The new home office deduction is simpler but smaller. However, as we’ve seen above, the added savings from keeping the additional records and claiming depreciation may not be worth the effort to hold out for the larger portion from the standard method. The home office deduction is easier to claim for the 2013 calendar year, but you won’t be able to use the simplification until you fill out your tax return in 2014.

Seaside and 30a Thanksgiving & Christmas Extravaganza

Enjoy seasonal festivities at Seaside and 30a this Thanksgiving holiday!

Seaside 30a Welcome Sign


Every Christmas Story Every Told – Seaside Repertory Theatre

Christmas comes but once a year and so does the “sneak peek” holiday performance of “Every Christmas Story Ever Told” performed by the Seaside Repertory Theatre.  Grab a mug of hot cocoa, sugar cookie and enjoy two opportunities to see the show.  Wednesday, November 21st at 2pm at The WaterColor Marina Amphitheatre for free! Or Saturday, November 24th at 1pm at The Seaside Repertory Theatre for only $10.  Tickets are available at the seasiderep.org 12:30 the day of the show or at Amavida coffee or by calling 231-0733.

The production officially opens at 7:30pm, Dec. 6th –Dec 29th (Thursdays through Saturdays). Tickets are $12.50 (students) and $25 (adults) and can be purchased at seasiderep.org, at the door the night of the show, or at Amavida coffee or by calling 231-0733.

Bundle up the family – this is a hilarious production you will not want to miss!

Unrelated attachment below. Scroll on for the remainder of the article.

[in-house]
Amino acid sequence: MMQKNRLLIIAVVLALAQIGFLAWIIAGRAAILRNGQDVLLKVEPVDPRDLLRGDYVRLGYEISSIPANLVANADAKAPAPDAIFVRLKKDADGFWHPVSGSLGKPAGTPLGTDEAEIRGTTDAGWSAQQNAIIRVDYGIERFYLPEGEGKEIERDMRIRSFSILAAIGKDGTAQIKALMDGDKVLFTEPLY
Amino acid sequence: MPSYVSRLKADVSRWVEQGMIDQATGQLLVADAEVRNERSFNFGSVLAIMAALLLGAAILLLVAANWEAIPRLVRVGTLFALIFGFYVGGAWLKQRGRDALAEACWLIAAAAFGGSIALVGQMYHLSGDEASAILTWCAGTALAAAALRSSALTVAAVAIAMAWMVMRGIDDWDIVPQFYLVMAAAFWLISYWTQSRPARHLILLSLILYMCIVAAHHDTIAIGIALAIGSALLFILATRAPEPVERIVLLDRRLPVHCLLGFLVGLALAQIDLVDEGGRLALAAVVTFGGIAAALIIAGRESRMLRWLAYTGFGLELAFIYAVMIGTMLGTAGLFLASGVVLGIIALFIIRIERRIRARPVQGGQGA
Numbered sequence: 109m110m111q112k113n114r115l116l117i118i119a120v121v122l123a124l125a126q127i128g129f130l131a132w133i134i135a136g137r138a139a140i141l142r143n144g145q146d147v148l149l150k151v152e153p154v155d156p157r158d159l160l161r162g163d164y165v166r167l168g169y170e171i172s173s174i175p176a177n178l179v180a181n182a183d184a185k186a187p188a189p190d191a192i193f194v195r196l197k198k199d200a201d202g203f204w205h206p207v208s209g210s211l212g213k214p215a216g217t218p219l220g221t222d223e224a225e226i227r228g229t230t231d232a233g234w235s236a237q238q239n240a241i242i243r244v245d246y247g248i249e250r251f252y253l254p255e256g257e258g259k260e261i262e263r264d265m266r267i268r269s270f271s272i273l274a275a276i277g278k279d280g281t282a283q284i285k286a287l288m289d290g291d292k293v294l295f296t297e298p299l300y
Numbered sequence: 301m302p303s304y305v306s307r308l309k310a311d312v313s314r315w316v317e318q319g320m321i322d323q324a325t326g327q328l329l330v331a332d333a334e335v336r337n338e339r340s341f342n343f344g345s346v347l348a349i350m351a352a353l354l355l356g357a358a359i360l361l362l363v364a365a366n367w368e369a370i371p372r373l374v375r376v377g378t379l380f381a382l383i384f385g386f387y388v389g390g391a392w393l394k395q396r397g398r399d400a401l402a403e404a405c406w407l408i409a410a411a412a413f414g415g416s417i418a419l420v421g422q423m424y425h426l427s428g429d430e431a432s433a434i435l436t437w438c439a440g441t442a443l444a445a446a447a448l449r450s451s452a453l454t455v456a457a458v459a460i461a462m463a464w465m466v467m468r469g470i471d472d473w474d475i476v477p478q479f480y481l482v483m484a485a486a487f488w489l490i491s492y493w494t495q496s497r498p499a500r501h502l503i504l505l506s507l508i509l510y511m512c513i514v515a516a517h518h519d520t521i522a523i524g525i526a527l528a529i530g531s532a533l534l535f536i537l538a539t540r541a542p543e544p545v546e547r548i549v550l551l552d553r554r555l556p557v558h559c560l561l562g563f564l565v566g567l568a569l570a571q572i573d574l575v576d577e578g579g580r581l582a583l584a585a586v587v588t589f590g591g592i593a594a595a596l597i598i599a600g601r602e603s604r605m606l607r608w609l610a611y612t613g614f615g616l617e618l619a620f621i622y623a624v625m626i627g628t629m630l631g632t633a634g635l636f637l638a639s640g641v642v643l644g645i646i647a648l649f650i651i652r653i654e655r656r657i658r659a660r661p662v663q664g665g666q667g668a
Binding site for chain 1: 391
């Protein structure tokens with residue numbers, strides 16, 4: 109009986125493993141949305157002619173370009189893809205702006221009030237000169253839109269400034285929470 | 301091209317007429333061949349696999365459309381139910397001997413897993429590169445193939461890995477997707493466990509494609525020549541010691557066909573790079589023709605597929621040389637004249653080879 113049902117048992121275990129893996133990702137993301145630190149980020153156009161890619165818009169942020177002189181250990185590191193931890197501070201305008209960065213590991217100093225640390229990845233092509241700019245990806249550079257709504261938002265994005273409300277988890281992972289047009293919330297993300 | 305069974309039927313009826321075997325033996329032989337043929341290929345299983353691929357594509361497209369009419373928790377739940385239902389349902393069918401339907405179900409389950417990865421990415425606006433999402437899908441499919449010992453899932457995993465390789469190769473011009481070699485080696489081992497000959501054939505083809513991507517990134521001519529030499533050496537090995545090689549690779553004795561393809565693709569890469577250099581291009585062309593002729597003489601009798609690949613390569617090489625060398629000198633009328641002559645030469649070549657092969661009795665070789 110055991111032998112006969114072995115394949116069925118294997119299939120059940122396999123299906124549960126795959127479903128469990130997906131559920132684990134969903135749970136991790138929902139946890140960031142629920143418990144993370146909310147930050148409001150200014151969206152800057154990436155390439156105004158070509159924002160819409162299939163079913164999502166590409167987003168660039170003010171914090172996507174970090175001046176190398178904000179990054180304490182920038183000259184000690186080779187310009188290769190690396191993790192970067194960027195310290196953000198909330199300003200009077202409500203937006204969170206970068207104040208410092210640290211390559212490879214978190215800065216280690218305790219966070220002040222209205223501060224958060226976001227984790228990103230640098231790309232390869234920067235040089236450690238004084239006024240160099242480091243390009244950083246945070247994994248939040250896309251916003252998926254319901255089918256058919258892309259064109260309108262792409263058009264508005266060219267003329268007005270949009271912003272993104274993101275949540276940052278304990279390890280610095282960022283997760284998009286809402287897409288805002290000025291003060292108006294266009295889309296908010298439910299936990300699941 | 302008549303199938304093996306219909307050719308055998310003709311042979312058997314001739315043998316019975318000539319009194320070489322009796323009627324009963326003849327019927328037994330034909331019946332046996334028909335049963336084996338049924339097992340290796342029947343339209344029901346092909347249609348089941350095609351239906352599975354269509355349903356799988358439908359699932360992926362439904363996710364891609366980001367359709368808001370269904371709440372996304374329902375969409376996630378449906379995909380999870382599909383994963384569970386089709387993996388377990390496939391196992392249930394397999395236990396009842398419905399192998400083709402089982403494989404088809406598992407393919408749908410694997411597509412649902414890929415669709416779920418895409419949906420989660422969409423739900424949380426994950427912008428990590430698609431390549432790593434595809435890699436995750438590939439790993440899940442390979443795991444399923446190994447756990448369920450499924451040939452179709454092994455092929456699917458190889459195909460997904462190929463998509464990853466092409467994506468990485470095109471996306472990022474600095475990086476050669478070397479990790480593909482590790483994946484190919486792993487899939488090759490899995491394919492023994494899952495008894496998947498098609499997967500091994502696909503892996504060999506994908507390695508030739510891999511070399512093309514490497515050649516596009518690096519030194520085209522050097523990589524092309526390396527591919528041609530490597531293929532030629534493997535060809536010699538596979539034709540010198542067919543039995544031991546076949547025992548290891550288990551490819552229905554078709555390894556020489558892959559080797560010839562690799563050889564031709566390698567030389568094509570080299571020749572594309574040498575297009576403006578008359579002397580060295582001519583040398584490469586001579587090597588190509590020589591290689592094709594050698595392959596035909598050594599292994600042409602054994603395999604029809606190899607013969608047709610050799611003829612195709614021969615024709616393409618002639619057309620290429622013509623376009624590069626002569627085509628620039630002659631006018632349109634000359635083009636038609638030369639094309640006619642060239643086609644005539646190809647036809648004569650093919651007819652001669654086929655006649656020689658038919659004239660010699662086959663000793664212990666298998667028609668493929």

Seaside Holiday Celebrations
Bring a blanket and enjoy the Holiday movie, ELF, under the Stars at the Seaside Amphitheater – Nov. 23 at 7pm and Nov 24 at 4pm.  Seaside’s Annual holiday parade starts at 4pm with the annual tree lighting at 5pm.  Santa and Mrs. Claus along with face painting, caroling and many town festivities start from 5-8pm.

Seaside 30a Beach Pavillion


Artists at Gulf Place Holiday Open House
November 23 & 24 at 10am-6pm join the artists at Gulf Place and enjoy an art show, live music, food and lots of holiday cheer!  Raku firing, kids art and jewelry making are a few workshops taking place both days.  Don’t miss your opportunity to capture a photo with Santa on Saturday at 11am-1pm.

Rosemary Beach

Kick off your holiday at Rosemary Beach with the Inaugural 30A 10K & 1 Mile Fun Run on November 22. Cottages for kids tours and raffle/auction continue November 22-24. Tree lighting, breakfast with Santa, a bocce tournament, a holiday market and merchant open houses all start Nov 23-24.

Alys Beach
Bring an unwrapped children’s gift and donate to the local Angel Tree Program while decorating cookies with Santa on November 23 from 10am-12pm.

Old Florida Holiday & Winter Market at WaterColor
You will feel like you’re in a winter wonderland November 24, 5pm-9pm, falling snow, horse-drawn carriage rides around Cerulean Park, bonfires complete with s’mores, pictures with Santa Claus, live music, luminaries around the park, beautiful lighting of the Town Center and Christmas tree, and of course a Winter Market full of Christmas gifts for all ages!